Local History

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Oval cricket ground

The Oval cricket ground is home to the Surrey County Cricket Club.  The shape of this piece of land, which lends its name to the neighbourhood, was in existence sometime before it took up its current use.  The earliest known mention of this oval shape dates back to 1776 at which time it was owned by the Clayton family. There was a creek river nearby and, on 18 May 1818, the Times reported that a man had drowned near the Kennington Oval.  The grounds were known to have been used as a nursery/vegetable patch but eventually fell into disuse.   In 1845 turfs from Tooting Common were used to lay the first cricket ground but the land had been used for cricket before that time.  Surrey County Cricket Club dates from this time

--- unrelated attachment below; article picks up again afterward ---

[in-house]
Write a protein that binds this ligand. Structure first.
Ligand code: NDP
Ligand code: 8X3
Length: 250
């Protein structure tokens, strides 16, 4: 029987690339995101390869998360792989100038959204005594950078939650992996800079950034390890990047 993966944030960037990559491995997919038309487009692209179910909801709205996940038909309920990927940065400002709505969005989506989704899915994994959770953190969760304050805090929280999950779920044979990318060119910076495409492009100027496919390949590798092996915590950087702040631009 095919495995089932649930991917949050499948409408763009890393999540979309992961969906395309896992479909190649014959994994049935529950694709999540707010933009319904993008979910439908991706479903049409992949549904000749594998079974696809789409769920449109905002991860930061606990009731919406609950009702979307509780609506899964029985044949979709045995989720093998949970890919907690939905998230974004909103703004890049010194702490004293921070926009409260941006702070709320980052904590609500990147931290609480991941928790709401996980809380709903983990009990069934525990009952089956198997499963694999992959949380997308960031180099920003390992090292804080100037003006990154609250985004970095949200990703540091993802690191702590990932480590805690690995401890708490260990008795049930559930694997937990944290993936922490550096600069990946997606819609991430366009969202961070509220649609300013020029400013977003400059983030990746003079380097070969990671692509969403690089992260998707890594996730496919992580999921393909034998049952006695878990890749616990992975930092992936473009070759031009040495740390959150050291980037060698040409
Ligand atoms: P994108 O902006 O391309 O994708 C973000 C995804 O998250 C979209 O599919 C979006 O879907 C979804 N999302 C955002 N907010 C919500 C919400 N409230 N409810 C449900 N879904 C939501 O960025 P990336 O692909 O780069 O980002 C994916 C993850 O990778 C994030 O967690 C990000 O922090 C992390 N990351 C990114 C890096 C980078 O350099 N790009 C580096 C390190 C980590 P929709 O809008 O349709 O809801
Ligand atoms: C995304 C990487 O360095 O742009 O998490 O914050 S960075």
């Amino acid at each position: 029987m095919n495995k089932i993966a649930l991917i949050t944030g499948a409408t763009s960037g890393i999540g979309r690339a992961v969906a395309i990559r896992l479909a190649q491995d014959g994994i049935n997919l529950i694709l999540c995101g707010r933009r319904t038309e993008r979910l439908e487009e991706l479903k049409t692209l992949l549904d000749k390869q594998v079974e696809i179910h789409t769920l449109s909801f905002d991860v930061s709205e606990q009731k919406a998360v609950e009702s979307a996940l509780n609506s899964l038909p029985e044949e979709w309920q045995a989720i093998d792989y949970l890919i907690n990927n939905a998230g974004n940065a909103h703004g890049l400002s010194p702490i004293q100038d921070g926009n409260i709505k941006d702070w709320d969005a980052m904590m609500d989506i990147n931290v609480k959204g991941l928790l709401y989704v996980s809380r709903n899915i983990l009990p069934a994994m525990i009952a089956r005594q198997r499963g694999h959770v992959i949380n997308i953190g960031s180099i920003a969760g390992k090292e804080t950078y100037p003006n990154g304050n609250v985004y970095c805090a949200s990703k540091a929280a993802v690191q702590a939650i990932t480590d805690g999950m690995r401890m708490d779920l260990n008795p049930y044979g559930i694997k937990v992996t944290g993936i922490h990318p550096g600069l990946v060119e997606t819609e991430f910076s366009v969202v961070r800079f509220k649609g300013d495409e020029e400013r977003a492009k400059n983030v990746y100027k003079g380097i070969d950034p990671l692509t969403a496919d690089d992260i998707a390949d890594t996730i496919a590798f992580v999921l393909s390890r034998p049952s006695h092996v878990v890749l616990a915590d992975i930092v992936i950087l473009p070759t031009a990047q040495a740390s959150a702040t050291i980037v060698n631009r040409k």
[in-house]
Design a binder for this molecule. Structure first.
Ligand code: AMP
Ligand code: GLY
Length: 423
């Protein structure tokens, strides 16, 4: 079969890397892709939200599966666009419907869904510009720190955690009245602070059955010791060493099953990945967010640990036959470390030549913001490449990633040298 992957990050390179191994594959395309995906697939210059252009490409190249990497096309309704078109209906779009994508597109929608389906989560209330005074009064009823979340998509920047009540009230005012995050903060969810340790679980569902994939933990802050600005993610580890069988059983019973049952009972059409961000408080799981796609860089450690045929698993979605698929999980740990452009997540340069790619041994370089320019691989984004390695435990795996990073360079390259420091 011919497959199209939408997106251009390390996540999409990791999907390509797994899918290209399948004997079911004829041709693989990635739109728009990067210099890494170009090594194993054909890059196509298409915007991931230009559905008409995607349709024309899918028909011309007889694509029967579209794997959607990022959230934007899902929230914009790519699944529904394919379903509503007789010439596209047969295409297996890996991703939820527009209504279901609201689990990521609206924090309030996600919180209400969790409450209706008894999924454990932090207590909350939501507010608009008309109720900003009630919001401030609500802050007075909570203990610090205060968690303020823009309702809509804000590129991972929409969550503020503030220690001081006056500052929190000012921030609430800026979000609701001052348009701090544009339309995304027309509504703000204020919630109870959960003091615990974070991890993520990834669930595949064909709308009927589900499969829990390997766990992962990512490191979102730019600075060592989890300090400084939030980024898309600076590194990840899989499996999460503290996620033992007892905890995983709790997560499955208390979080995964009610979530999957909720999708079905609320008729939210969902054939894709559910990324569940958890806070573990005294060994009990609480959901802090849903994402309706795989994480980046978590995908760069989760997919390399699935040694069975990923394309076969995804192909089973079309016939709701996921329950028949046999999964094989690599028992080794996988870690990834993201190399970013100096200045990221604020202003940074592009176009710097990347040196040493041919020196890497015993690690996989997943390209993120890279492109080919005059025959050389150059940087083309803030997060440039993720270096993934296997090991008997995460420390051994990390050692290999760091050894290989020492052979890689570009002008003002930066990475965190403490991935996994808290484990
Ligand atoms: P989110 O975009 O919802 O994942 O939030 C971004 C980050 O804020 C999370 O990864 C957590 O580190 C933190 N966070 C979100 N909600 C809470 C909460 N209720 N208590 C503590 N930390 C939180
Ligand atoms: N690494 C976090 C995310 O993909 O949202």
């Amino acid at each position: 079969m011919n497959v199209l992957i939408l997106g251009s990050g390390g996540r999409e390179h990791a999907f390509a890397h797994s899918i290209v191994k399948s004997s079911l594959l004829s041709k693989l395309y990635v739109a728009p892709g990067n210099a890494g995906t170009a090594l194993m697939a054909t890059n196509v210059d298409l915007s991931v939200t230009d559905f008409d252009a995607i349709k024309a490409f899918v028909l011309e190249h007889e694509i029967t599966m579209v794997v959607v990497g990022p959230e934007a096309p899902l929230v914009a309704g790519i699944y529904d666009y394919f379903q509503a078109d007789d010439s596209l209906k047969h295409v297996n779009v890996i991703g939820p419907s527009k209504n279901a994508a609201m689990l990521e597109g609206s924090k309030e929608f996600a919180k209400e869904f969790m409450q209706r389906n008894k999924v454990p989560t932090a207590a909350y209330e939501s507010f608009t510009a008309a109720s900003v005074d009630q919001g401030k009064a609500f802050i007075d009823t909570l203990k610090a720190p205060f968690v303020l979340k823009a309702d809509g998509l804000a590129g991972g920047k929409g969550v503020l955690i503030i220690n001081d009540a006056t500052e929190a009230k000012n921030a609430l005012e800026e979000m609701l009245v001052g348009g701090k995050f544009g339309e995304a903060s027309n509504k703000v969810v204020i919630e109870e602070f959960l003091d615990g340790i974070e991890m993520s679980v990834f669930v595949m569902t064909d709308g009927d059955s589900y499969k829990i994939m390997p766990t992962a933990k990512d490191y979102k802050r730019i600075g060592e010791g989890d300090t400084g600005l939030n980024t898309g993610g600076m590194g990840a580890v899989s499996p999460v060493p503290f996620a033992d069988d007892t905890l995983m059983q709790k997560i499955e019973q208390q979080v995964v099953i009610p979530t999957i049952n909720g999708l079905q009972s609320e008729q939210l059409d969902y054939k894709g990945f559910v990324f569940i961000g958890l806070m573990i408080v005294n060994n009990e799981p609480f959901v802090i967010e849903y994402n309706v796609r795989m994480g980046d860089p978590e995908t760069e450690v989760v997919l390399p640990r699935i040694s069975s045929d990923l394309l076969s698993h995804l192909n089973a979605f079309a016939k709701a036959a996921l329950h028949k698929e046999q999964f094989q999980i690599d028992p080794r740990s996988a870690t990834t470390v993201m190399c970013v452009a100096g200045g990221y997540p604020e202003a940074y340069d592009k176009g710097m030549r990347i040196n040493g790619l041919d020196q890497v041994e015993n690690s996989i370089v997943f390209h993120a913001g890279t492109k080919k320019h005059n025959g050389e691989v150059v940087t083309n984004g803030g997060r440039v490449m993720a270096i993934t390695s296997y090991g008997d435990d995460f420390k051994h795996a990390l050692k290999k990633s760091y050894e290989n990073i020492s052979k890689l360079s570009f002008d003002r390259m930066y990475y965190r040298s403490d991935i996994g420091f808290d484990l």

The grounds were also used for other sports.  In 1872 the Oval was the headquarters for London football.  The first FA cup final was held there as was the first England Scotland international. The first UK test match was held at the Oval in 1880.

The Oval was commandeered in 1939 for anti- aircraft guns. It was converted to a prisoner of war camp but was never used.  In 1946 the ground was again re-opened.

Brit Oval Brit Oval- entrance Brit Oval- trompe l'oeil